Owl postage stamps from Thailand
Thai post issued a set of new postage stamps featuring owls.
Owls are a group of birds known for their distinct calls, nocturnal habits and silent flight. Owls are familiar to many people because they are often depicted in various ways in popular culture. They rank on par with bats and spiders as the most celebrated of Halloween creatures. Owls also appear as wise and noble characters in many children's stories, including Winnie the Pooh, Mrs. Frisby and the Rats of NIMH and Harry Potter.
Owls belong to a group of birds that includes about 205 species. These species are sorted into two basic groups, the barn owls and the true owls.
Barn owls have a heart-shaped face, long legs and powerful talons. Barn owls are medium-sized birds. There are 16 species of barn owls, including the greater sooty owl, Australasian grass owl, ashy-faced owl, barn owl and Sulawesi owl.
True owls are more diverse than barn owls, with nearly 190 species in about 23 genera. Some better known true owls include screech owls, horned owls and saw-whet owls.
True owls vary in size from the tiny elf owl to the bulky Eurasian eagle owl. True owls have a round facial disc, a short tail and a large head. Their color is muted (consisting of mostly brown, rust, gray, white and black) and their pattern is mottled, helping to conceal them from both predators and prey.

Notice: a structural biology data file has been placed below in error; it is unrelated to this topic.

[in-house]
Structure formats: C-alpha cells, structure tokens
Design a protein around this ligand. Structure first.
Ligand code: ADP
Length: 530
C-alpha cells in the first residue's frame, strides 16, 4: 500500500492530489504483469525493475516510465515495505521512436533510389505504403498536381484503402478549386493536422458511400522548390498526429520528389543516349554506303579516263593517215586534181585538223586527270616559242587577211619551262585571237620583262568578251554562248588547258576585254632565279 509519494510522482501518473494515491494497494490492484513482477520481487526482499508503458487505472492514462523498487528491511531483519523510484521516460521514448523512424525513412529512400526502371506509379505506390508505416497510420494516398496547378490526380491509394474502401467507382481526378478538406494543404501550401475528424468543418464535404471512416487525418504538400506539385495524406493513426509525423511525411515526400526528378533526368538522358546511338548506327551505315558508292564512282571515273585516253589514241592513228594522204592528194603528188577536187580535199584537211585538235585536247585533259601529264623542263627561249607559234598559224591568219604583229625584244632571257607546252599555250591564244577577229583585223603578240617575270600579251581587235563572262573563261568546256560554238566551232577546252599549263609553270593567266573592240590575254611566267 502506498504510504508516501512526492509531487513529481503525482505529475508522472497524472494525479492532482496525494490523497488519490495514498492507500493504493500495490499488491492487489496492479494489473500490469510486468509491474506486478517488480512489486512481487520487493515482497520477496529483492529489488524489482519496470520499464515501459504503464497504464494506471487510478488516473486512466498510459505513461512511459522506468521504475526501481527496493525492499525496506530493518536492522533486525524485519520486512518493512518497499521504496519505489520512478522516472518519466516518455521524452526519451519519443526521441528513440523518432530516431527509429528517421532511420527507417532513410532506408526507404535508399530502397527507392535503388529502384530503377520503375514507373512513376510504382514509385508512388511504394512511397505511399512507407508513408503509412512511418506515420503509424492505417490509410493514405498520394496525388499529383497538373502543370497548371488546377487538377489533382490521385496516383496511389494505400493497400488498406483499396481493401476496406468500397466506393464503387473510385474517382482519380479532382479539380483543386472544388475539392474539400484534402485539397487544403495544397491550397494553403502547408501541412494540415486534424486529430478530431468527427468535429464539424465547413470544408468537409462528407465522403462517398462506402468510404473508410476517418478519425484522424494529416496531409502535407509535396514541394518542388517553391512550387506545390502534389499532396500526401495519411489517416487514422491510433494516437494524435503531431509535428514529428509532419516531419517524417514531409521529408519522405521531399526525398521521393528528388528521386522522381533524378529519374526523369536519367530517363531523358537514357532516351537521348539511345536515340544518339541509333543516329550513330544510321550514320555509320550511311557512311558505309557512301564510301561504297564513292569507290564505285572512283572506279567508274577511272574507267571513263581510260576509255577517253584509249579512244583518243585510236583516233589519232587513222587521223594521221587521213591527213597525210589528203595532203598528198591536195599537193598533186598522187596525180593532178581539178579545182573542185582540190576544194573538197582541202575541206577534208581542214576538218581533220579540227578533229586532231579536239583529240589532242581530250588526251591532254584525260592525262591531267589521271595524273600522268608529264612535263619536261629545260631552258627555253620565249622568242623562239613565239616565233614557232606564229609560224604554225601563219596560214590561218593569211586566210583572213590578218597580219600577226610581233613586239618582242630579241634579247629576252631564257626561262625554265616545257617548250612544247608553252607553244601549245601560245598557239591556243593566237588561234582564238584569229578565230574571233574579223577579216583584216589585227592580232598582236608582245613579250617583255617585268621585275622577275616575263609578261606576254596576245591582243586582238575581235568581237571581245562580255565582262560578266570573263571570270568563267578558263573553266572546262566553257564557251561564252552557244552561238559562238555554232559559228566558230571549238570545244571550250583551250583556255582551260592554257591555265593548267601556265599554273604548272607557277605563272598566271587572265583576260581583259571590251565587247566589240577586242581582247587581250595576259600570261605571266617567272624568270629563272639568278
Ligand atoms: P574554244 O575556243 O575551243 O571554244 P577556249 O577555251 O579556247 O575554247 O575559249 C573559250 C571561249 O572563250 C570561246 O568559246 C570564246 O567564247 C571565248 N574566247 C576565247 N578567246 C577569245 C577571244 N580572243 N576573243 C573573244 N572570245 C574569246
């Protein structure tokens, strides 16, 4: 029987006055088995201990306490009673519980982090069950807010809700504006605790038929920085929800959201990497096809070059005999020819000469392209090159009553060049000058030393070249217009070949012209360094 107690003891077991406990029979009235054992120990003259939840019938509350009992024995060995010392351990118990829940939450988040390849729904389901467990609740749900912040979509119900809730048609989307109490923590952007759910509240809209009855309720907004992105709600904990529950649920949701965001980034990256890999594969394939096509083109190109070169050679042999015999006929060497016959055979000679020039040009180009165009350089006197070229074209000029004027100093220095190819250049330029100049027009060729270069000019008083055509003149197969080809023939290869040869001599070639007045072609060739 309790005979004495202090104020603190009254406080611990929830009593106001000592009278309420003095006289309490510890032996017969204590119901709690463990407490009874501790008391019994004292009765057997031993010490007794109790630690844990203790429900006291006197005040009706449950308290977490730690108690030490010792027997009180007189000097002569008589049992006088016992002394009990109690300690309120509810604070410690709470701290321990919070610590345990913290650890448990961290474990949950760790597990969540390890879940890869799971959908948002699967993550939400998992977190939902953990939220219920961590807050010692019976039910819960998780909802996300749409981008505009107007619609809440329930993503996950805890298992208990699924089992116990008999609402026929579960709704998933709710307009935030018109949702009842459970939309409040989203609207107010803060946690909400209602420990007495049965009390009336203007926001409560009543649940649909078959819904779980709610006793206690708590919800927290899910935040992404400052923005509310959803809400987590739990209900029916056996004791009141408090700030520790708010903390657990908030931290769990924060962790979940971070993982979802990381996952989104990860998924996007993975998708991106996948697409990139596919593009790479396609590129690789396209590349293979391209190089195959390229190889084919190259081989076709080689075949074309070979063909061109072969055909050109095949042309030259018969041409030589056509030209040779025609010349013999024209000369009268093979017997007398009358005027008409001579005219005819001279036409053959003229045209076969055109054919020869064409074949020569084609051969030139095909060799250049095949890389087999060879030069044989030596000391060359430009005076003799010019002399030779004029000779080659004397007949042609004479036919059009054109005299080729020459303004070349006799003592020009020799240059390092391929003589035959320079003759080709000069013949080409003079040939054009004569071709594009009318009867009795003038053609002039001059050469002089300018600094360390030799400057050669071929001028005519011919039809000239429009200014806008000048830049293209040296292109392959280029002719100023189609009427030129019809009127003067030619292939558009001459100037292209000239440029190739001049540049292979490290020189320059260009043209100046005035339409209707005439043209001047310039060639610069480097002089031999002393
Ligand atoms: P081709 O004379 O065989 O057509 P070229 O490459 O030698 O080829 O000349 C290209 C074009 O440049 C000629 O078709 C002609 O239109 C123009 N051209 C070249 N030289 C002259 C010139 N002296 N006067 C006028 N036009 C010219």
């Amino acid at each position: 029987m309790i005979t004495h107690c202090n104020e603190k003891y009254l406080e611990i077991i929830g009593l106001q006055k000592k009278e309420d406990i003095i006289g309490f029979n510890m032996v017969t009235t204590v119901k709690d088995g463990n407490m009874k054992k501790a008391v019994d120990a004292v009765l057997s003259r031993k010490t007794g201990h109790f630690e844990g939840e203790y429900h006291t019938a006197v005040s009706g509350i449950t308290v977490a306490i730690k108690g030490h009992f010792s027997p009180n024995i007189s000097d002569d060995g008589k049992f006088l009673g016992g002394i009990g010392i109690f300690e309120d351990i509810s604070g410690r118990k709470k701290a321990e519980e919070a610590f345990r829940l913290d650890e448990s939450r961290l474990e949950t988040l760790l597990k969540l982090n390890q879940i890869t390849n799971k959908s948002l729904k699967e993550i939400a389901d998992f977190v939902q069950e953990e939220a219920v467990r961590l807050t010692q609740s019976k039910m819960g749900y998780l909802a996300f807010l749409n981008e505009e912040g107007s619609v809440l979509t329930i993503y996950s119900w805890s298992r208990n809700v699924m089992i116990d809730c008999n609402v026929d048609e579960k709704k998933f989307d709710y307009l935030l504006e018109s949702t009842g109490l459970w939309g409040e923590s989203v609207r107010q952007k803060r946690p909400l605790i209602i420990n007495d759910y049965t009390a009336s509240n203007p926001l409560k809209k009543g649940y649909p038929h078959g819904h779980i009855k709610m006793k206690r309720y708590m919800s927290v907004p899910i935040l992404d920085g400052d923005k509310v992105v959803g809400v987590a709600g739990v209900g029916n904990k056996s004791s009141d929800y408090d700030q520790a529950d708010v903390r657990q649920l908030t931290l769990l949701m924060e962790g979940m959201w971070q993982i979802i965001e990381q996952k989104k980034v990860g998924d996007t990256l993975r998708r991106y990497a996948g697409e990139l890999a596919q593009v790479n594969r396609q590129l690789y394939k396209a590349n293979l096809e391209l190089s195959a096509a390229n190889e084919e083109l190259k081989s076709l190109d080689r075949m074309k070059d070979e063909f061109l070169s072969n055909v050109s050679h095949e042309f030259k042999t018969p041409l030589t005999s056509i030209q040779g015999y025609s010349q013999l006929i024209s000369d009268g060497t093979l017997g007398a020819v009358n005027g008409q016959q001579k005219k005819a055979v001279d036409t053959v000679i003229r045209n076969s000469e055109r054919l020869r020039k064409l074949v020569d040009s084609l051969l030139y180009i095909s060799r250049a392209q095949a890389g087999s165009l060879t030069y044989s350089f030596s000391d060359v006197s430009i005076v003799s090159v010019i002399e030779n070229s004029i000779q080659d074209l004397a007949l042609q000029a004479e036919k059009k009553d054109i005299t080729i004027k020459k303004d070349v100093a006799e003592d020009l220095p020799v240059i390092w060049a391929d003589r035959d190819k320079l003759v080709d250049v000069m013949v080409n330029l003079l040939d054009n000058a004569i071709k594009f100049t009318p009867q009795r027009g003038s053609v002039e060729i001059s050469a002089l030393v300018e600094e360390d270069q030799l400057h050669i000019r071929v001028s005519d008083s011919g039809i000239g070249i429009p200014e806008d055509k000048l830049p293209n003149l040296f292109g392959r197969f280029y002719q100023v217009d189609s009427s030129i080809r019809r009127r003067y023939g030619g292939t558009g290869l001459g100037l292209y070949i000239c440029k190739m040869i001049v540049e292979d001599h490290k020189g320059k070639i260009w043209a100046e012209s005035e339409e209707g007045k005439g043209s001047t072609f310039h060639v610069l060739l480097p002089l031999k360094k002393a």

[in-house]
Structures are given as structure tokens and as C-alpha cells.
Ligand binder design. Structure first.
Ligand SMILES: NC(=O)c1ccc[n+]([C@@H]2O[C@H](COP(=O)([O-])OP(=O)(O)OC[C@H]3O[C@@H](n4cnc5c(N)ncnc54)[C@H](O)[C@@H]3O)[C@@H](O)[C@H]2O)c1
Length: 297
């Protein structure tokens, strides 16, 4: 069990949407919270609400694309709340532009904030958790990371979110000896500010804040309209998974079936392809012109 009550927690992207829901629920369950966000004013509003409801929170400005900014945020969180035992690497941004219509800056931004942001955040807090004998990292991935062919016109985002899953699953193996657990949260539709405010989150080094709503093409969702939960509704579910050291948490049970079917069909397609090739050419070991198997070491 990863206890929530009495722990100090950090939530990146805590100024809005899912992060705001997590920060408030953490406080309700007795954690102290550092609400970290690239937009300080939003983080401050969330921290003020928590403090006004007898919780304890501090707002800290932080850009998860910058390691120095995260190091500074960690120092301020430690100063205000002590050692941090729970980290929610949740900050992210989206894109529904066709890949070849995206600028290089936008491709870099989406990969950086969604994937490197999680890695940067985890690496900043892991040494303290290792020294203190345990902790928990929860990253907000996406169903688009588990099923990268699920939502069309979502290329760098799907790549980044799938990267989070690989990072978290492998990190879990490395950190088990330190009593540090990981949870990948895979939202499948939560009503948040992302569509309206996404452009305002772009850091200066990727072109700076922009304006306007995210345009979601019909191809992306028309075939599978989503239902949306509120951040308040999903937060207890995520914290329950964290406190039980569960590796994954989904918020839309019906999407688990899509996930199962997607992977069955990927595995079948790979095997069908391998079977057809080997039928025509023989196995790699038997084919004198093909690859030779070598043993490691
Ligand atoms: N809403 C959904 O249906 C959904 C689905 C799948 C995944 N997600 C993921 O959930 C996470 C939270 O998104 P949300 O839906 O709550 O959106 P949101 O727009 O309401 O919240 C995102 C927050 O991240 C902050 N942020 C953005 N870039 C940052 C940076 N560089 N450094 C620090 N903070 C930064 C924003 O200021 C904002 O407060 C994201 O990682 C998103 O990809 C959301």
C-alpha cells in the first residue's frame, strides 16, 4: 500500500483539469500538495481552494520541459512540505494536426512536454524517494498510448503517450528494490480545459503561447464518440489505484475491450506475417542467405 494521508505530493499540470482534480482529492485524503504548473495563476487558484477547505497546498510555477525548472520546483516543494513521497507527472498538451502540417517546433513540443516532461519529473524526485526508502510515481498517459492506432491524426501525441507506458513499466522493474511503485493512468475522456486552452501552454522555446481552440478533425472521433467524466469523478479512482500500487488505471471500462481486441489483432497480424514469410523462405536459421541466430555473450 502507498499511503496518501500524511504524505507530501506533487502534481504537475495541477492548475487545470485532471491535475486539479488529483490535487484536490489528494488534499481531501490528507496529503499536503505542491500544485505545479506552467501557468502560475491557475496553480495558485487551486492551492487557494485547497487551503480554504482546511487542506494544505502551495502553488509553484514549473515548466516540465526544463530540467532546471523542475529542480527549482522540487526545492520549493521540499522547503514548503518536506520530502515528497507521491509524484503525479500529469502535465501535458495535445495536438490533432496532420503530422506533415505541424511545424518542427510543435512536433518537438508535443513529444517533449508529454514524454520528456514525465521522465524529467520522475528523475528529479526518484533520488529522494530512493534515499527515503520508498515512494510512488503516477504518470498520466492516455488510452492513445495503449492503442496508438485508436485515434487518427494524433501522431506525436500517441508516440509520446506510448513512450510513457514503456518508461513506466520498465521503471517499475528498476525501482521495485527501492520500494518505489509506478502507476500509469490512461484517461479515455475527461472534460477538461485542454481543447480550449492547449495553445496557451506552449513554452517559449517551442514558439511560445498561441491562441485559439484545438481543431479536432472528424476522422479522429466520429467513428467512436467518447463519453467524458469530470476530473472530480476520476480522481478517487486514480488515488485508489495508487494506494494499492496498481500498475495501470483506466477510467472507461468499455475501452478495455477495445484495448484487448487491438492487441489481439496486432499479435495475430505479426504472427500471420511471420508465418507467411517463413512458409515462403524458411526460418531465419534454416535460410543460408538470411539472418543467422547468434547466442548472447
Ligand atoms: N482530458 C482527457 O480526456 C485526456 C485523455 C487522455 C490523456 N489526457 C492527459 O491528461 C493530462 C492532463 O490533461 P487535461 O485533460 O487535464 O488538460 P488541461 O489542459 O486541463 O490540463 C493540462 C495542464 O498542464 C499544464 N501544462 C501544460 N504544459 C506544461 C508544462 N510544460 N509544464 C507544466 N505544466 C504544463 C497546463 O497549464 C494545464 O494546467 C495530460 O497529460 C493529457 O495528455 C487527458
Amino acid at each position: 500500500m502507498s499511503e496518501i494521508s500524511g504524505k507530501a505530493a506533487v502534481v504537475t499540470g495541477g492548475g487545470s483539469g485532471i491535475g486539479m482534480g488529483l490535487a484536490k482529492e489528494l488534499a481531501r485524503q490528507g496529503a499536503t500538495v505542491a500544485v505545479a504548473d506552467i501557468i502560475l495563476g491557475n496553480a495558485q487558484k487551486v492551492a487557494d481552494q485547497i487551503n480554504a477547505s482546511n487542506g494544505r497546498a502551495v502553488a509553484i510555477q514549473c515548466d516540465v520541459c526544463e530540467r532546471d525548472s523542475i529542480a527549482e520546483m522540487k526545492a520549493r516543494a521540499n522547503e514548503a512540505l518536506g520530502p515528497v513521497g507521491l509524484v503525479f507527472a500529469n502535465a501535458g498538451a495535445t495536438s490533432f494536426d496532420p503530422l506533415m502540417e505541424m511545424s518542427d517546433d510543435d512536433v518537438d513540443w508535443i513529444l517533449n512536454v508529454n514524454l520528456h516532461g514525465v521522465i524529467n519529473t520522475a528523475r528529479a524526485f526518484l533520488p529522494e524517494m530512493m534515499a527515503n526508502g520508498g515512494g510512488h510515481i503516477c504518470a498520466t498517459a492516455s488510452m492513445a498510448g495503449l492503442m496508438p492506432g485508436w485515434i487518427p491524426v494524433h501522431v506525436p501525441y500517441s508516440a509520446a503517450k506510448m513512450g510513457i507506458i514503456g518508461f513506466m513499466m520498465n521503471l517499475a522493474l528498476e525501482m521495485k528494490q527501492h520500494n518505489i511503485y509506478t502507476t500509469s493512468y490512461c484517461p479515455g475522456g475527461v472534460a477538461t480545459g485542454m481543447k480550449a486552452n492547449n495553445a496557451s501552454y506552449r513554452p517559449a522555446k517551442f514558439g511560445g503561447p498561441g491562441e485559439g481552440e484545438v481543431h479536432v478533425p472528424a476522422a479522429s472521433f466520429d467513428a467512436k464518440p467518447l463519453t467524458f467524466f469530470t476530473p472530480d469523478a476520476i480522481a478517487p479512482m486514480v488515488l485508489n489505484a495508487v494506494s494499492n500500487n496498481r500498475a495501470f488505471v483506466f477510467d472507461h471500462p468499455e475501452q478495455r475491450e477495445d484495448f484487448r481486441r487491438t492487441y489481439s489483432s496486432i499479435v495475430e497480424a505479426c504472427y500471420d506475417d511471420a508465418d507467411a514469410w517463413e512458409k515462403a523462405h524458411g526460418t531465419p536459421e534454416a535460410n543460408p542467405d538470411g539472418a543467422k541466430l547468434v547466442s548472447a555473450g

Owls feed on a wide variety of prey. Their main food source consists of small mammals such as mice, squirrels, voles and rabbits. Owls swallow small prey whole. They must tear larger prey into small pieces before swallowing. They later regurgitate pellets of indigestible material such as bone, fur and feathers.
Most owls hunt at night and in doing so avoid competition with daytime avian hunters such as hawks and eagles. Although nocturnal feeding is the norm for most owls, some species such as burrowing owls and short-eared owls feed during the day. Still other species, such as pygmy owls, feed at dusk or dawn.
Owls are depicted in cave paintings in France that date back 15,000 to 20,000 years. Owls also appear in Egyptian hieroglyphics. They have held a variety of symbolic roles in culture and have represented misfortune, death, prosperity, and wisdom.